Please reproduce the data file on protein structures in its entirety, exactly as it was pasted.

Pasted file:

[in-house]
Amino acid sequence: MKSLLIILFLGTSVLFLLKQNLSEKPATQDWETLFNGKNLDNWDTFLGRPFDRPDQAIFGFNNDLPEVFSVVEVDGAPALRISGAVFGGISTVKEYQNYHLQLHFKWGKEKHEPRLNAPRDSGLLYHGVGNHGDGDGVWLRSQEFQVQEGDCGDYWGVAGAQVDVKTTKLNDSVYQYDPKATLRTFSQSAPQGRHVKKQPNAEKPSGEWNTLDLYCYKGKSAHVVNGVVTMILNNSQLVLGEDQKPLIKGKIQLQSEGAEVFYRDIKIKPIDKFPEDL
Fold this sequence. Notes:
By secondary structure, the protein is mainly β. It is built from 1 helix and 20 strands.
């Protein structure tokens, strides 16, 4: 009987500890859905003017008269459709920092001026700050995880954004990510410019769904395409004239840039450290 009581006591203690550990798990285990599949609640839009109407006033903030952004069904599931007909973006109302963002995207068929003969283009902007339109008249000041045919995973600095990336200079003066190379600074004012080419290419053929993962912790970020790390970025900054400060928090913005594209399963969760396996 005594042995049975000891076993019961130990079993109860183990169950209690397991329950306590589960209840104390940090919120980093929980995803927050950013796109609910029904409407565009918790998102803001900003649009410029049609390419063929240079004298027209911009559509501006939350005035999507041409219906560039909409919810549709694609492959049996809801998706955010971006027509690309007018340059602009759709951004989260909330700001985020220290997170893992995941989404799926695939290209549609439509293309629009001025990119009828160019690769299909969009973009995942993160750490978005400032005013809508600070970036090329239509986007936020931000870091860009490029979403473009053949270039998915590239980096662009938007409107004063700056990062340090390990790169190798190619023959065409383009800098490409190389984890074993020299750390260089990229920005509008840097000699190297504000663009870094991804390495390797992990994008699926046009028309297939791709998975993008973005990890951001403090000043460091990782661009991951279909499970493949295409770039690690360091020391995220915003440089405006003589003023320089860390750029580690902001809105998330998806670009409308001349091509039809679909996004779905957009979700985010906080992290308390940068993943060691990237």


[in-house]
Amino acid sequence: MKSLLIILFLGTSVLFLLKQNLSEKPATQDWETLFNGKNLDNWDTFLGRPFDRPDQAIFGFNNDLPEVFSVVEVDGAPALRISGAVFGGISTVKEYQNYHLQLHFKWGKEKHEPRLNAPRDSGLLYHGVGNHGDGDGVWLRSQEFQVQEGDCGDYWGVAGAQVDVKTTKLNDSVYQYDPKATLRTFSQSAPQGRHVKKQPNAEKPSGEWNTLDLYCYKGKSAHVVNGVVTMILNNSQLVLGEDQKPLIKGKIQLQSEGAEVFYRDIKIKPIDKFPEDL
Fold this sequence. Notes:
By secondary structure, the protein is mainly β. It is built from 1 helix and 20 strands.
């Protein structure tokens, strides 16, 4: 009987500890859905003017008269459709920092001026700050995880954004990510410019769904395409004239840039450290 009581006591203690550990798990285990599949609640839009109407006033903030952004069904599931007909973006109302963002995207068929003969283009902007339109008249000041045919995973600095990336200079003066190379600074004012080419290419053929993962912790970020790390970025900054400060928090913005594209399963969760396996 005594042995049975000891076993019961130990079993109860183990169950209690397991329950306590589960209840104390940090919120980093929980995803927050950013796109609910029904409407565009918790998102803001900003649009410029049609390419063929240079004298027209911009559509501006939350005035999507041409219906560039909409919810549709694609492959049996809801998706955010971006027509690309007018340059602009759709951004989260909330700001985020220290997170893992995941989404799926695939290209549609439509293309629009001025990119009828160019690769299909969009973009995942993160750490978005400032005013809508600070970036090329239509986007936020931000870091860009490029979403473009053949270039998915590239980096662009938007409107004063700056990062340090390990790169190798190619023959065409383009800098490409190389984890074993020299750390260089990229920005509008840097000699190297504000663009870094991804390495390797992990994008699926046009028309297939791709998975993008973005990890951001403090000043460091990782661009991951279909499970493949295409770039690690360091020391995220915003440089405006003589003023320089860390750029580690902001809105998330998806670009409308001349091509039809679909996004779905957009979700985010906080992290308390940068993943060691990237």